AOpen's first Athlon 64 motherboard, the AK86-L, was based on the VIA K8T800 chipset. After going through several BIOS updates, the AK86-L emerged as our Editor's Choice for Best Value in Athlon 64 motherboards. When AOpen's second Socket 754 board began appearing in the US market, we were interested in taking a closer look.

The AOpen AK89 Max, as suggested by the model number, is a premium board compared to the AK86-L. Based on the nVidia nForce3-150 chipset, the AK89 Max is loaded with features, including 4-drive SATA, Firewire, and the dual-chip die-hard BIOS. For those not familiar with the company, AOpen is the components division of Acer, the huge company that has their hand in many consumer electronics markets. They produce motherboards, chipsets with their ALI brand, optical drives, displays, memory, and many other components.

Just to clear the air from the start, we were very disappointed with the AK89 Max when we first began testing. The Front Side Bus was limited to 250, and the Clock Gen utility for nForce3 from would not even work with the shipping BIOS. The AGP/PCI lock present in the BIOS seemed to stop functioning as soon as multipliers were selected. While the AK89 Max with the shipping BIOS was very stable, the most interesting options either didn't work or they exhibited very limited ranges.

However, AOpen supplied 2 BIOS upgrades during the course of the review, and this dramatically improved the flexibility and capabilities of the board. It was almost as if the AK89 Max grew from the ugly duckling into a swan.

AOpen AK89 Max: Basic Features


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  • GooFy - Sunday, May 30, 2004 - link

    Could you somehow test some other memory modules with this board, i have a pair of Adata PC4000 that will not go over 230mhz @ original (Cas 3 8-4-4) or any other timings either yet they are stable @ 230 mhz fsb and Cas 2 6-3-3.
    I'm going to buy some new memory modules and i would like to know what options there are as it seems there are some other memories that will not go to 250+ fsb.
    Anyway i'm sure that it is the memory that's stopping me because i ran alot of tests with different timings and lower multiplier and so on.
  • TrogdorJW - Tuesday, April 27, 2004 - link

    What the crap... lost my post. Grrrr.... Okay, here's a recap of what was supposed to be in that last one:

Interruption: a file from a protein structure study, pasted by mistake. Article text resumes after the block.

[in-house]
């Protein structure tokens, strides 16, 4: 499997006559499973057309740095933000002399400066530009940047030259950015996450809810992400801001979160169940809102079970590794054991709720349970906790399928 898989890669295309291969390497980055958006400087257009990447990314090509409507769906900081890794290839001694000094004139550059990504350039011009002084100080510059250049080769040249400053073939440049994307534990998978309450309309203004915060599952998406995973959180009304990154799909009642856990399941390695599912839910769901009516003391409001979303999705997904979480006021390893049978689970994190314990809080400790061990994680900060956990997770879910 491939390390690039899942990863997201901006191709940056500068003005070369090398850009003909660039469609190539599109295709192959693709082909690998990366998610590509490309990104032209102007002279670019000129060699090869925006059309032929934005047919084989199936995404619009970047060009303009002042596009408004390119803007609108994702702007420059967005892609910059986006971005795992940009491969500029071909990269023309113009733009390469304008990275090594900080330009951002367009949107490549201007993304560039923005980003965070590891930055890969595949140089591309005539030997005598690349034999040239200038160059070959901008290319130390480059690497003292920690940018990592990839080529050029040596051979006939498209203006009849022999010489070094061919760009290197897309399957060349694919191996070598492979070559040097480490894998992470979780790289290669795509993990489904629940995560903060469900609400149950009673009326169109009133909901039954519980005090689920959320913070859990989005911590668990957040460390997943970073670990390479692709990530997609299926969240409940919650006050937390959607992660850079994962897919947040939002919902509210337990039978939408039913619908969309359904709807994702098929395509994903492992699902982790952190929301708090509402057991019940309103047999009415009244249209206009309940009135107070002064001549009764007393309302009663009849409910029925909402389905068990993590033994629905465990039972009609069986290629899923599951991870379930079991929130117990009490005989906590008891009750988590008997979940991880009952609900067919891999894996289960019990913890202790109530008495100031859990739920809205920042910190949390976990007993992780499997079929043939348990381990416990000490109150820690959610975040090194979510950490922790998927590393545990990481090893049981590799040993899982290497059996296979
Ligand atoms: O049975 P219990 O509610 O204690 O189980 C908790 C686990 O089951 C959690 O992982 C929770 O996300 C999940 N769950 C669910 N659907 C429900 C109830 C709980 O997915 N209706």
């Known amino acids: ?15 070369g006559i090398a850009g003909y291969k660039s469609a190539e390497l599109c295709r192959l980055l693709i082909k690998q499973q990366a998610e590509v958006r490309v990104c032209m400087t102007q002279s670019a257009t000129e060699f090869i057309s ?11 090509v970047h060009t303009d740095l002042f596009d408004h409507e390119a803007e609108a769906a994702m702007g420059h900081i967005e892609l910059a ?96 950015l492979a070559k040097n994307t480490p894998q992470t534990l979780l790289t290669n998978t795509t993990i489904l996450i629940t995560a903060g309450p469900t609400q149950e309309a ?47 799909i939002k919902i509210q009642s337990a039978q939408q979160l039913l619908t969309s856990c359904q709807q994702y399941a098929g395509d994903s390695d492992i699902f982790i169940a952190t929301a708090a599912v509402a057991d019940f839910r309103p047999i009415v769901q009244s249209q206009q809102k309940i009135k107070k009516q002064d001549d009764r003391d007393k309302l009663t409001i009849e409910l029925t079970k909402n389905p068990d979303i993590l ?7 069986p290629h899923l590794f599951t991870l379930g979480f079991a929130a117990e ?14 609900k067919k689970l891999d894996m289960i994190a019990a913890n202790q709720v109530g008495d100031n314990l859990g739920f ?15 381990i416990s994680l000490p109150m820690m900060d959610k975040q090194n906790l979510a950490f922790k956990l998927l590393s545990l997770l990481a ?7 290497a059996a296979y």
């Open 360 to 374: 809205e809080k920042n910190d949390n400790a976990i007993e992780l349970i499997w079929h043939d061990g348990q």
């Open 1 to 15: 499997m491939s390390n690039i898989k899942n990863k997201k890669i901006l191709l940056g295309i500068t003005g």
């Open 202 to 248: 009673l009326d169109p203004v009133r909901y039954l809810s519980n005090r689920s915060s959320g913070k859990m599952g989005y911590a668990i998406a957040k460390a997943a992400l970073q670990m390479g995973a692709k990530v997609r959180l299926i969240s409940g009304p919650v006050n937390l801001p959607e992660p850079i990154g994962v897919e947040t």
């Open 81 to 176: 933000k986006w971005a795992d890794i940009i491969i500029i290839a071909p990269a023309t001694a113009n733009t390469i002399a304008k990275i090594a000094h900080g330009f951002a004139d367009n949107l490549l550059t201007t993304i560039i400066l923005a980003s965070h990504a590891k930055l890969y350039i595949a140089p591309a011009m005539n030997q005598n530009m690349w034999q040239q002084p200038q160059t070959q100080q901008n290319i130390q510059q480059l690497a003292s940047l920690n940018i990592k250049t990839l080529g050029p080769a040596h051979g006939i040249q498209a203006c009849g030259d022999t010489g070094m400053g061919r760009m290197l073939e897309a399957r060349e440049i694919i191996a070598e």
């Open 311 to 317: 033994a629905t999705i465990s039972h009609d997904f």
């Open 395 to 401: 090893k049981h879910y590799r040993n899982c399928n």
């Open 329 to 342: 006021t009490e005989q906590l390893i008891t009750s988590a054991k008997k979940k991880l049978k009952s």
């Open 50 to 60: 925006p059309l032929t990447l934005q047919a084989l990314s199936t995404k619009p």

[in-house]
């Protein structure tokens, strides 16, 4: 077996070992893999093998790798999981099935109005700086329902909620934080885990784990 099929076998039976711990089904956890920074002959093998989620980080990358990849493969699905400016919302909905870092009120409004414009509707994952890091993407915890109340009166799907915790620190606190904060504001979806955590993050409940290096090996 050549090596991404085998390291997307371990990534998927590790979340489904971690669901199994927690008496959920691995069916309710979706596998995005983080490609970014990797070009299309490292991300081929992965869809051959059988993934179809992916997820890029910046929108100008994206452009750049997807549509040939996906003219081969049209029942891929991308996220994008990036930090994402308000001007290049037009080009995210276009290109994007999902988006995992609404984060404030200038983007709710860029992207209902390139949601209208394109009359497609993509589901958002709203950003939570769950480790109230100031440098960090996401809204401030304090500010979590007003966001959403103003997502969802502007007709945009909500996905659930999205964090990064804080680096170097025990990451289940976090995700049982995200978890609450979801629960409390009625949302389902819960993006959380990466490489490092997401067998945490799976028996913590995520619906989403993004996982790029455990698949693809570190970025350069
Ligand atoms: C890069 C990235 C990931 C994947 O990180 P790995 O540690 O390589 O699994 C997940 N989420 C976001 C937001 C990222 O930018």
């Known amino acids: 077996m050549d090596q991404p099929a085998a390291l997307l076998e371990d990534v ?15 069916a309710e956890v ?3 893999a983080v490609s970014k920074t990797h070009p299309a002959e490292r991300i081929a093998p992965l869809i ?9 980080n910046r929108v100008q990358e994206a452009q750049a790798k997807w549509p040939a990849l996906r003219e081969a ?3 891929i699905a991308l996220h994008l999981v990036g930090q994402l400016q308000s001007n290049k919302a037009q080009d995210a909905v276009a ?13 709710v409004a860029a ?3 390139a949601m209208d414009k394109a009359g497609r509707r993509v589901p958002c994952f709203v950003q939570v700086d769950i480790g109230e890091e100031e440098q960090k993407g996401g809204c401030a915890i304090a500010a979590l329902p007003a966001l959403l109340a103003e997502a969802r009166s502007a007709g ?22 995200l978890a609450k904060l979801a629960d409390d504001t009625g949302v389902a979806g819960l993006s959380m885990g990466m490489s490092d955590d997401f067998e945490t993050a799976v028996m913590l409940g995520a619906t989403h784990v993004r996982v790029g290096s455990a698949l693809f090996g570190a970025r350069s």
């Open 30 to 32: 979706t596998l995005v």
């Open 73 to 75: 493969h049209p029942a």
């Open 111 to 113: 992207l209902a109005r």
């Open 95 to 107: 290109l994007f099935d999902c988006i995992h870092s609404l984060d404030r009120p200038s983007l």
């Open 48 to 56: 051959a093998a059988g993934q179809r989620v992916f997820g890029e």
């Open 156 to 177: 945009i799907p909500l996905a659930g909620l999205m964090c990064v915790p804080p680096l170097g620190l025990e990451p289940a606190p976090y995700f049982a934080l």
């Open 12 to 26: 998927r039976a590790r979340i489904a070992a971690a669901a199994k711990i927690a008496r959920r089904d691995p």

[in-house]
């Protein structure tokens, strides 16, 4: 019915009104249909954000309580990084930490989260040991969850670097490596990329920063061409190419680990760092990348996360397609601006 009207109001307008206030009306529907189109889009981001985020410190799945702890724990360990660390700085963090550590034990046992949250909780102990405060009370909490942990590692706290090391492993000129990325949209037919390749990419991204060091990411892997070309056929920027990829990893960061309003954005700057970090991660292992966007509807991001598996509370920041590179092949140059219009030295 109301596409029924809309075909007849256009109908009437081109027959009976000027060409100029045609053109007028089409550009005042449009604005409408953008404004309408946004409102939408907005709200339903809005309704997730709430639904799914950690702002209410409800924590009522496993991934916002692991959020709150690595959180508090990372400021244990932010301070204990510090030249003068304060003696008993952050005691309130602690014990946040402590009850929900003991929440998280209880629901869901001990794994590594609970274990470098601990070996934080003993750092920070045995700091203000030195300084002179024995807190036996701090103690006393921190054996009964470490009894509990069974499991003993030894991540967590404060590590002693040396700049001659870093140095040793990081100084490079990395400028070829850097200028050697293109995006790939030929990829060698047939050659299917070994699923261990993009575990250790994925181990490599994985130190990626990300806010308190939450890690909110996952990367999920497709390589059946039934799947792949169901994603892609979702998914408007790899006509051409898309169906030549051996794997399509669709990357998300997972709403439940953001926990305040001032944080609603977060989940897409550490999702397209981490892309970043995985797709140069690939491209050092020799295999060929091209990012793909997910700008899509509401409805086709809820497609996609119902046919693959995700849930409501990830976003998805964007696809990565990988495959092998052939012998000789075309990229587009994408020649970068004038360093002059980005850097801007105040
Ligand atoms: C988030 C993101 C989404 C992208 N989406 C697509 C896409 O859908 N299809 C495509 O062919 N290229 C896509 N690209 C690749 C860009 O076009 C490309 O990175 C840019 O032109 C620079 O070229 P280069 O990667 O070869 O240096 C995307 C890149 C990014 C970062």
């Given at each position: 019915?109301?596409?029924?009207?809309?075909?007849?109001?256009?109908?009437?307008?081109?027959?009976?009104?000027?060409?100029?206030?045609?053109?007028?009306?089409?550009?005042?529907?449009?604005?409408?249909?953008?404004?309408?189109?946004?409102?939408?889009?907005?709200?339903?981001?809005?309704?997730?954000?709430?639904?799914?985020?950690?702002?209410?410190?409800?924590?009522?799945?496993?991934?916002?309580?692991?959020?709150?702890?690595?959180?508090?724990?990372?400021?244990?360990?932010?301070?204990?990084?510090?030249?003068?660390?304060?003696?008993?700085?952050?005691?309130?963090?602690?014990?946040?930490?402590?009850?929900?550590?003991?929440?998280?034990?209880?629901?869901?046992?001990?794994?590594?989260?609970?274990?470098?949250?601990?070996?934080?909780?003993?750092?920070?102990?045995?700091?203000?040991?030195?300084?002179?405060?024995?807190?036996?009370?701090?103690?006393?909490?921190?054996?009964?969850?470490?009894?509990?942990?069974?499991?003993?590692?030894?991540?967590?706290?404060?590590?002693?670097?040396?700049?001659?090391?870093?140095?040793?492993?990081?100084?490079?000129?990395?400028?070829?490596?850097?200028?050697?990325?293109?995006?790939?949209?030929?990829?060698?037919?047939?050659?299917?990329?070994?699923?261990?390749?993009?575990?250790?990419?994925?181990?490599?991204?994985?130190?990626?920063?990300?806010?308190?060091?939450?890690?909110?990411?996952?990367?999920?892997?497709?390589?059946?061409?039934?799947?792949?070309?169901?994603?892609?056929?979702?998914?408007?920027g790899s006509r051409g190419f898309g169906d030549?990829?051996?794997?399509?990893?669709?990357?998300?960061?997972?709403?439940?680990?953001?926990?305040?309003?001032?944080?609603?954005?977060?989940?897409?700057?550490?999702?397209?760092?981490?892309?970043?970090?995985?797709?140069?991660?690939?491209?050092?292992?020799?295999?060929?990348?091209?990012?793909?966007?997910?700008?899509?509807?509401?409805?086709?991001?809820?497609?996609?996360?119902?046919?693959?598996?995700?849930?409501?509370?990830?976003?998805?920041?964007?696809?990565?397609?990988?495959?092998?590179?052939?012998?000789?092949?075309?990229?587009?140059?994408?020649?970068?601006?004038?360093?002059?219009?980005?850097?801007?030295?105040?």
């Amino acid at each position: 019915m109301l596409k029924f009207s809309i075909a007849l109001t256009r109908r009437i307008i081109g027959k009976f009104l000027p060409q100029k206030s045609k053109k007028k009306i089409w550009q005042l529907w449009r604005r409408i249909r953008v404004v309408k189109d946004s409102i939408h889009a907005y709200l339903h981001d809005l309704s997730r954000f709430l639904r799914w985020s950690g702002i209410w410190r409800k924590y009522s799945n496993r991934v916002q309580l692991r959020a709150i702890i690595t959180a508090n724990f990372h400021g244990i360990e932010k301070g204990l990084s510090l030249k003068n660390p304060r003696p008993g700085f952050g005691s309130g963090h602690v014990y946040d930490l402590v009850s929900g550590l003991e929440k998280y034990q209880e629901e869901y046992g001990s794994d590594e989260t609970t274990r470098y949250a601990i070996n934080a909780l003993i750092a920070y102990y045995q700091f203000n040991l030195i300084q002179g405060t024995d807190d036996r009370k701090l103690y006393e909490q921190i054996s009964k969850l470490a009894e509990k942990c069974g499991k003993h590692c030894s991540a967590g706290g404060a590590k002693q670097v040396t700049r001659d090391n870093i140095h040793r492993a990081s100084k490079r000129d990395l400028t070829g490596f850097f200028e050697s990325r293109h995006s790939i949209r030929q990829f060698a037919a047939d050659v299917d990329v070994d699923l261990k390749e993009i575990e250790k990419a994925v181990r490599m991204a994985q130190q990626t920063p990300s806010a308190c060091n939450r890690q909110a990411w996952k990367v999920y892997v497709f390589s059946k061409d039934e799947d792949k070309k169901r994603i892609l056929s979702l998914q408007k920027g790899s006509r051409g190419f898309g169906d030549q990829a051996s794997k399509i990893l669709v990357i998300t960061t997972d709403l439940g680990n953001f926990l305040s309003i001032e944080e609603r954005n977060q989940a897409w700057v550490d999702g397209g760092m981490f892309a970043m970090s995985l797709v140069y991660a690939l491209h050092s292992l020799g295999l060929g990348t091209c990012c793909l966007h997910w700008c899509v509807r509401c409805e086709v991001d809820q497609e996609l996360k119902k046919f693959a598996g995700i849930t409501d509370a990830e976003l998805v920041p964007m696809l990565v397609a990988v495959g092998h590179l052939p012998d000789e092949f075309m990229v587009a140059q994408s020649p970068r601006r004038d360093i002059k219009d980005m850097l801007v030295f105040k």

You're cruel, showing us scores of 200 * 10 and 250 * 8 and then holding out on the scores for the "Extreme Overclocking" setups. I don't want a screenshot, but I would have been curious to hear what sort of performance difference there was between the 233 * 10 and the 345 * 6.5 setups. Do the asynchronous RAM timings hurt performance a lot, or can the integrated memory controller deal with that okay? Would be nice to find out. Oh, well...
  • TrogdorJW - Tuesday, April 27, 2004 - link

  • MadAd - Sunday, April 25, 2004 - link

    thanks wesley, they did look nice and clear in this one, thats why I asked - ill wait for your review. Reply
  • NegativeEntropy - Saturday, April 24, 2004 - link


    I know if I had to program Cool'n'Quiet there would be, at minimum, a sanity check to make sure the Hyper Transport (~FSB) frequency was 200 MHz and the multiplier is where it should be for that model CPU prior to doing anything. It's what Cool'n'Quiet would do after that that is up in the air (or so goes my reasoning):

    1) abort any attempt to engage Cool'n'Quiet (most likely given ease of programmability and official disdain for overclocking)
    2) override any current settings, do its thing, and not reimpliment the pre Cool'n'Quiet settings upon an increase in CPU usage (thus effectively 'undoing' any overclock)
    3) note the current state, engage Cool'n'Quiet, and then return to the pre Cool'n'Quiet state when CPU usage demands it (this is the scenario we dream about :)

    As long as I get confirmation Cool'n'Quiet works on this mobo (even w/o overclocking), I may get it and answer the other questions myself :)
  • cnq - Saturday, April 24, 2004 - link


    Weird, I was about to ask the *exact* same question!

    ***This should be a FAQ.***